Sometimes books are the main event; sometimes they’re good to keep you company.

Danny Wallace’s mildly amusing ‘join me’ definitely belongs to the latter group and kept me entertained without demanding my full attention.

Who is Danny Wallace and why does he want me to join him?

He’s less well-known than friend and fellow funny bloke Dave Gorman, which explains the note on the front cover describing Wallace as the co-author of an earlier published book, ‘Are You Dave Gorman?’ Essentially, Gorman makes a living from pursuing odd obsessions, such as meeting numerous men who shared his full name, and then performing stand-up comedy and writing books about his experiences. It seems that Wallace, nominally self-employed as a games reviewer when the events depicted in this book occurred, wants to do the same. His laddish feat? Creating a cult / collective of increasingly diverse people, all of whom are prepared to ‘join’ him. Why? Sort of because his Great Uncle Gallus attempted to create a commune many years ago, but mostly because he was bored and lacked direction in life. Definitely not because his friend made a bet that he couldn’t get a hundred followers. Nope. It wasn’t a bet. Or a cult.

I’m still not very clear about this whole ‘join me’ malarky?

Nor was Wallace. As his followers dutifully sent him their passport photo as proof of their dedication to the collective and started calling him The Leader, Wallace scrabbled around for some cause, something for his followers to actually do. Clutching onto the idea of ‘making an old man happy’, Wallace gradually began to give his group some purpose as he continued jetting back and forth between an increasing number of counties and even countries to increase his follower count and inspire his membership. He frets that a nemesis within the group may be plotting a coup and tries to avoid telling his increasingly irritated girlfriend Hanne that he has accidentally started a cult.

Sounds bizarre. Do I want to read this?

Possibly. It’s mildly entertaining from the outset, when Wallace uses a very short prologue to address the reader as if you were in face to face conversation (‘You look lovely today, by the way.’) The book is full of trivia – about giant squids, gnomes, anything the joinees are interested in. Wallace light-heartedly styles himself as the new Jesus (‘”I’m not saying that I’m the new Jesus. I’m just saying that there’s a very good chance that I might be.”‘), beginning each chapter with a short verse written in biblical style. This is laddish behaviour taken to extremes and it’s not surprising that he refers to himself as a boy on several occasions and, in case all his gadding about has confused his readers, reminds us that ‘”I’m not a travel writer. I’m a bloke.”‘ Righty-ho.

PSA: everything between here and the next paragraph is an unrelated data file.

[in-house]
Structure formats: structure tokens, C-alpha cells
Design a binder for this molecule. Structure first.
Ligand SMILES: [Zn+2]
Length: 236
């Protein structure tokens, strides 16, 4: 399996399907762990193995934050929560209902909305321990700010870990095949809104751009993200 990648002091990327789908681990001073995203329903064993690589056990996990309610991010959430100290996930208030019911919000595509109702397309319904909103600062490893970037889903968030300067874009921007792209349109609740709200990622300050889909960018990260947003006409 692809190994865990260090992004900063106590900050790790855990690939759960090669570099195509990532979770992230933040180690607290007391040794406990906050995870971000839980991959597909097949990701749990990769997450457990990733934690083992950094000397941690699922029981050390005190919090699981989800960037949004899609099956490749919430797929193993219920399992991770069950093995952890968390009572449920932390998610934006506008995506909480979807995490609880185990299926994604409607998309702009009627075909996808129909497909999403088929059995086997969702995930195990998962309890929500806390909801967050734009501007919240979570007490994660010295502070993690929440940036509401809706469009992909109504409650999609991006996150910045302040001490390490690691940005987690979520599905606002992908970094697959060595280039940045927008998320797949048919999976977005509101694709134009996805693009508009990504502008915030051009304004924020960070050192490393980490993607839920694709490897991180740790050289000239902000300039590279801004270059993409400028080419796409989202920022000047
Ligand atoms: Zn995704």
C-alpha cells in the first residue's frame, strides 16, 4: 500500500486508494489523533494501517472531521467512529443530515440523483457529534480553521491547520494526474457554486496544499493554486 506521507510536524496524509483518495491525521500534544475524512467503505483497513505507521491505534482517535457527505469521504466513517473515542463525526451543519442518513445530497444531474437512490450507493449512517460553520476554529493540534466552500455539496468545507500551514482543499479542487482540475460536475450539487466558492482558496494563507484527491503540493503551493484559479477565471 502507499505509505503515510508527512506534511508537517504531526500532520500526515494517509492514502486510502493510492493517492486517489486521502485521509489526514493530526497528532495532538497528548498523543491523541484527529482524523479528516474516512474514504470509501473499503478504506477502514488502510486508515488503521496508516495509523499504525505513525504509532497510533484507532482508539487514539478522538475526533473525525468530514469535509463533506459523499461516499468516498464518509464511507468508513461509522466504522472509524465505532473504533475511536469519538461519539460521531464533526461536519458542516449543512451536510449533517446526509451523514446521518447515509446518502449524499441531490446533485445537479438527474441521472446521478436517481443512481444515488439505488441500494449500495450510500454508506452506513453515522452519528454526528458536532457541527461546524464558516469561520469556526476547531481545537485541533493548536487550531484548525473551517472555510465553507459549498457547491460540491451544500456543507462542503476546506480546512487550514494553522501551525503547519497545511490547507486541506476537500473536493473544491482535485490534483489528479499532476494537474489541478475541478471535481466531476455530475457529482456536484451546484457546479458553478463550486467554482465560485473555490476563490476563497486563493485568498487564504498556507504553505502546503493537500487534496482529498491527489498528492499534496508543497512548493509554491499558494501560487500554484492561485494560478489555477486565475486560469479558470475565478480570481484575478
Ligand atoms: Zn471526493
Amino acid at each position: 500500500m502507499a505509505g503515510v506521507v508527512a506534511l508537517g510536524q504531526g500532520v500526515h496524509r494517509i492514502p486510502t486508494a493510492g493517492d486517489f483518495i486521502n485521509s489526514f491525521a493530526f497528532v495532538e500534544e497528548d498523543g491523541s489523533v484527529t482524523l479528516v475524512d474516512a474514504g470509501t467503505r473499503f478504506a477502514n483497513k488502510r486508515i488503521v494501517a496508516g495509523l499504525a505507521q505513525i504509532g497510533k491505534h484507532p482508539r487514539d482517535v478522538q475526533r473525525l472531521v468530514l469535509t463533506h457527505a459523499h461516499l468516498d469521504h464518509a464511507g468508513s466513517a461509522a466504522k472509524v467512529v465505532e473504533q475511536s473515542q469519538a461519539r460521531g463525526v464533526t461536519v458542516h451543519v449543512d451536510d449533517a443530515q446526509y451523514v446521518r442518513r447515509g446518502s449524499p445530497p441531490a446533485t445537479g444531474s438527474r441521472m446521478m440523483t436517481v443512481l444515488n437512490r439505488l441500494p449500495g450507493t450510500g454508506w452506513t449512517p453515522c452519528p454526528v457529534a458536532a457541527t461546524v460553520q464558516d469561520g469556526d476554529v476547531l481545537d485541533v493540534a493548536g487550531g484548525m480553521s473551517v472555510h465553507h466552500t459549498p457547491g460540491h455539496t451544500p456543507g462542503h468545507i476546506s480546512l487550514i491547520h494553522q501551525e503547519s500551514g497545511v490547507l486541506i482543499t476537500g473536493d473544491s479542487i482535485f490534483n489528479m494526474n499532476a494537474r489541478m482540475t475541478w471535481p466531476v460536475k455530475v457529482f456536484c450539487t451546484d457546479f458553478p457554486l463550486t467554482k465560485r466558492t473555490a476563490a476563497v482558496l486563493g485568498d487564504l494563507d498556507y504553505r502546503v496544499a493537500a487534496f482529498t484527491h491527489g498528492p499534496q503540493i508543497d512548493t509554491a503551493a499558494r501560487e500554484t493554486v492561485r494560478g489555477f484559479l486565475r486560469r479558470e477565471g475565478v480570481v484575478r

Hmm. Is this a bit too…silly?

It’s light-hearted infotainment: treat it as such and you’ll be fine. He speculates airily about whether his potential nemesis, Joinee Whitby, has mental health problems, while he flies to Scotland on a whim, then Paris on an even, erm, whimmier whim. He doesn’t want to be associated with wackiness, but clearly his behaviour and collective is quite wacky – he recognises he wouldn’t join himself!

“I’m not saying that I’m the new Jesus. I’m just saying that there’s a very good chance that I might be.”

That said, there is a genuinely lovely side to this story; many old men are made happy and many of the joinees use the collective as an opportunity to pursue acts of kindness. There’s some reflection on how we can treat obstacles in our path and whather one bad apple should be allowed to spoil your perception of the bunch. If you can overlook Wallace’s increasingly cavalier treatment of Hanne then it’s quite heartwarming in places and it’s kind of a shame that the Join Me website hasn’t been updated since 2012 (although there are still joinees posting in the forum). Of course, you don’t have to read the book to recognise that the world would be a lovelier place if we all committed more spontaneous acts of kindness, and we don’t need to limit ourselves to just making old men happy.

I’m sure you’ve all seen variations on the slogan ‘I can only please one person per day…today is not your day and tomorrow doesn’t look good either’. Perhaps we should channel the spirit of Wallace’s Karma Army and update the slogan to ‘I can please one person per day…how can I help you?’

Danny Wallace
‘Join Me’
2003, Ebury Press, paperback